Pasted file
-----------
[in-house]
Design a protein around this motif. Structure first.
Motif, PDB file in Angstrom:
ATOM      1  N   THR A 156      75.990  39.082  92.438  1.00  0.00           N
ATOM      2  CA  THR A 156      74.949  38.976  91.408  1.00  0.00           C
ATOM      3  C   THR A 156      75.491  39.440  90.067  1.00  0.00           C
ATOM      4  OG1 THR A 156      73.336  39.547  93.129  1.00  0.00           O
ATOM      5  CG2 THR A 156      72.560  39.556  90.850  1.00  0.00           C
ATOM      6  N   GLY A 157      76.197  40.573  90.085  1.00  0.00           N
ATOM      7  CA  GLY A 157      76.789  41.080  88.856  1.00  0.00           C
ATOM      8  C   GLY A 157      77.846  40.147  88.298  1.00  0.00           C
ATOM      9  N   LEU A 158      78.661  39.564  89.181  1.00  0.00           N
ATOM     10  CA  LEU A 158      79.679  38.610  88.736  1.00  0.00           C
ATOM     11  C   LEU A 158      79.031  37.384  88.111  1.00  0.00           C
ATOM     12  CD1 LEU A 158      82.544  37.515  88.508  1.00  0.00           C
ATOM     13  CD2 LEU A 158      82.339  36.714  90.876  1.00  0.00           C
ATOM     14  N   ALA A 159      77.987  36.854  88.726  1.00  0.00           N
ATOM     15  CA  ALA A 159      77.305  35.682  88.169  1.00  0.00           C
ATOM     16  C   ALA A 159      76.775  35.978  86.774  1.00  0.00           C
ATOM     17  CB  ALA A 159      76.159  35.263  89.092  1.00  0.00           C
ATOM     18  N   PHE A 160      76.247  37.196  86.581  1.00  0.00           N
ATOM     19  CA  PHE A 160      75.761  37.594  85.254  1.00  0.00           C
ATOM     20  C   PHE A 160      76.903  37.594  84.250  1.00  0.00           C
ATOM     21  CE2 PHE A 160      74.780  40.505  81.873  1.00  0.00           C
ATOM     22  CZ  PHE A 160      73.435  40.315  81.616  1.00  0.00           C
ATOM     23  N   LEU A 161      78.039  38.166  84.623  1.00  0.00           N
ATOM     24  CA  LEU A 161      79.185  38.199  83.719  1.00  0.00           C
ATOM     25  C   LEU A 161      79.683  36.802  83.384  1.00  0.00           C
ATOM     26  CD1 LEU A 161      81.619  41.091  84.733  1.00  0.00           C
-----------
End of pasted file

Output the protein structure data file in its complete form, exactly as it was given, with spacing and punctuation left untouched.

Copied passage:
[in-house]
Design a protein around this motif. Structure first.
Motif, PDB file in Angstrom:
ATOM      1  N   THR A 156      75.990  39.082  92.438  1.00  0.00           N
ATOM      2  CA  THR A 156      74.949  38.976  91.408  1.00  0.00           C
ATOM      3  C   THR A 156      75.491  39.440  90.067  1.00  0.00           C
ATOM      4  OG1 THR A 156      73.336  39.547  93.129  1.00  0.00           O
ATOM      5  CG2 THR A 156      72.560  39.556  90.850  1.00  0.00           C
ATOM      6  N   GLY A 157      76.197  40.573  90.085  1.00  0.00           N
ATOM      7  CA  GLY A 157      76.789  41.080  88.856  1.00  0.00           C
ATOM      8  C   GLY A 157      77.846  40.147  88.298  1.00  0.00           C
ATOM      9  N   LEU A 158      78.661  39.564  89.181  1.00  0.00           N
ATOM     10  CA  LEU A 158      79.679  38.610  88.736  1.00  0.00           C
ATOM     11  C   LEU A 158      79.031  37.384  88.111  1.00  0.00           C
ATOM     12  CD1 LEU A 158      82.544  37.515  88.508  1.00  0.00           C
ATOM     13  CD2 LEU A 158      82.339  36.714  90.876  1.00  0.00           C
ATOM     14  N   ALA A 159      77.987  36.854  88.726  1.00  0.00           N
ATOM     15  CA  ALA A 159      77.305  35.682  88.169  1.00  0.00           C
ATOM     16  C   ALA A 159      76.775  35.978  86.774  1.00  0.00           C
ATOM     17  CB  ALA A 159      76.159  35.263  89.092  1.00  0.00           C
ATOM     18  N   PHE A 160      76.247  37.196  86.581  1.00  0.00           N
ATOM     19  CA  PHE A 160      75.761  37.594  85.254  1.00  0.00           C
ATOM     20  C   PHE A 160      76.903  37.594  84.250  1.00  0.00           C
ATOM     21  CE2 PHE A 160      74.780  40.505  81.873  1.00  0.00           C
ATOM     22  CZ  PHE A 160      73.435  40.315  81.616  1.00  0.00           C
ATOM     23  N   LEU A 161      78.039  38.166  84.623  1.00  0.00           N
ATOM     24  CA  LEU A 161      79.185  38.199  83.719  1.00  0.00           C
ATOM     25  C   LEU A 161      79.683  36.802  83.384  1.00  0.00           C
ATOM     26  CD1 LEU A 161      81.619  41.091  84.733  1.00  0.00           C